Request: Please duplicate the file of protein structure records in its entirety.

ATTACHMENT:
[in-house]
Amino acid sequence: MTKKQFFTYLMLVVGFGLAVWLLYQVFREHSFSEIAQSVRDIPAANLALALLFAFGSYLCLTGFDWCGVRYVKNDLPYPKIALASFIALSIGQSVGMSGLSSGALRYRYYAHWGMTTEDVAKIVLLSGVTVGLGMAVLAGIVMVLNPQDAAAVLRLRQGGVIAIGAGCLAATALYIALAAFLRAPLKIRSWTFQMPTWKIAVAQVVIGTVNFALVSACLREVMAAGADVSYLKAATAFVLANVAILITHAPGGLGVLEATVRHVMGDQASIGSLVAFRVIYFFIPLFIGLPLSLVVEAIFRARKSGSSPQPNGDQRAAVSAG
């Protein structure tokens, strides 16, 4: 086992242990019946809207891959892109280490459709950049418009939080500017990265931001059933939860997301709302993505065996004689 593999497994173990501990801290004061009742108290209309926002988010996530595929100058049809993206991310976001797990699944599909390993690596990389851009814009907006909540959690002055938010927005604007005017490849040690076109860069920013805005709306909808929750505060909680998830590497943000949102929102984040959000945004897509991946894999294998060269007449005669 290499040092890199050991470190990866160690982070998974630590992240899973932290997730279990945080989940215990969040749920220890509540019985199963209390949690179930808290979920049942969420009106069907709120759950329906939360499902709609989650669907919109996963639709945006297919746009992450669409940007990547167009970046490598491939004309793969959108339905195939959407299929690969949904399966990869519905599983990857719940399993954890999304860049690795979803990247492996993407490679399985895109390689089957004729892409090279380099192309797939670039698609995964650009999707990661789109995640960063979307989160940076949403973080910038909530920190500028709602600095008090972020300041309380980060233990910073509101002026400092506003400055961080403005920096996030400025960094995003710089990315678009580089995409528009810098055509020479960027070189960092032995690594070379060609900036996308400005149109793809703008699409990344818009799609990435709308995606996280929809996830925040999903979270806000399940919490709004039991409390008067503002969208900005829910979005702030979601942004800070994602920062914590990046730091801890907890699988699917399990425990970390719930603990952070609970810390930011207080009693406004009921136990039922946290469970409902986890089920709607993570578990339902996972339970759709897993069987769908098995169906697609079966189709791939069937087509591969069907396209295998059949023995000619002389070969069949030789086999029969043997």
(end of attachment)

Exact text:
[in-house]
Amino acid sequence: MTKKQFFTYLMLVVGFGLAVWLLYQVFREHSFSEIAQSVRDIPAANLALALLFAFGSYLCLTGFDWCGVRYVKNDLPYPKIALASFIALSIGQSVGMSGLSSGALRYRYYAHWGMTTEDVAKIVLLSGVTVGLGMAVLAGIVMVLNPQDAAAVLRLRQGGVIAIGAGCLAATALYIALAAFLRAPLKIRSWTFQMPTWKIAVAQVVIGTVNFALVSACLREVMAAGADVSYLKAATAFVLANVAILITHAPGGLGVLEATVRHVMGDQASIGSLVAFRVIYFFIPLFIGLPLSLVVEAIFRARKSGSSPQPNGDQRAAVSAG
């Protein structure tokens, strides 16, 4: 086992242990019946809207891959892109280490459709950049418009939080500017990265931001059933939860997301709302993505065996004689 593999497994173990501990801290004061009742108290209309926002988010996530595929100058049809993206991310976001797990699944599909390993690596990389851009814009907006909540959690002055938010927005604007005017490849040690076109860069920013805005709306909808929750505060909680998830590497943000949102929102984040959000945004897509991946894999294998060269007449005669 290499040092890199050991470190990866160690982070998974630590992240899973932290997730279990945080989940215990969040749920220890509540019985199963209390949690179930808290979920049942969420009106069907709120759950329906939360499902709609989650669907919109996963639709945006297919746009992450669409940007990547167009970046490598491939004309793969959108339905195939959407299929690969949904399966990869519905599983990857719940399993954890999304860049690795979803990247492996993407490679399985895109390689089957004729892409090279380099192309797939670039698609995964650009999707990661789109995640960063979307989160940076949403973080910038909530920190500028709602600095008090972020300041309380980060233990910073509101002026400092506003400055961080403005920096996030400025960094995003710089990315678009580089995409528009810098055509020479960027070189960092032995690594070379060609900036996308400005149109793809703008699409990344818009799609990435709308995606996280929809996830925040999903979270806000399940919490709004039991409390008067503002969208900005829910979005702030979601942004800070994602920062914590990046730091801890907890699988699917399990425990970390719930603990952070609970810390930011207080009693406004009921136990039922946290469970409902986890089920709607993570578990339902996972339970759709897993069987769908098995169906697609079966189709791939069937087509591969069907396209295998059949023995000619002389070969069949030789086999029969043997």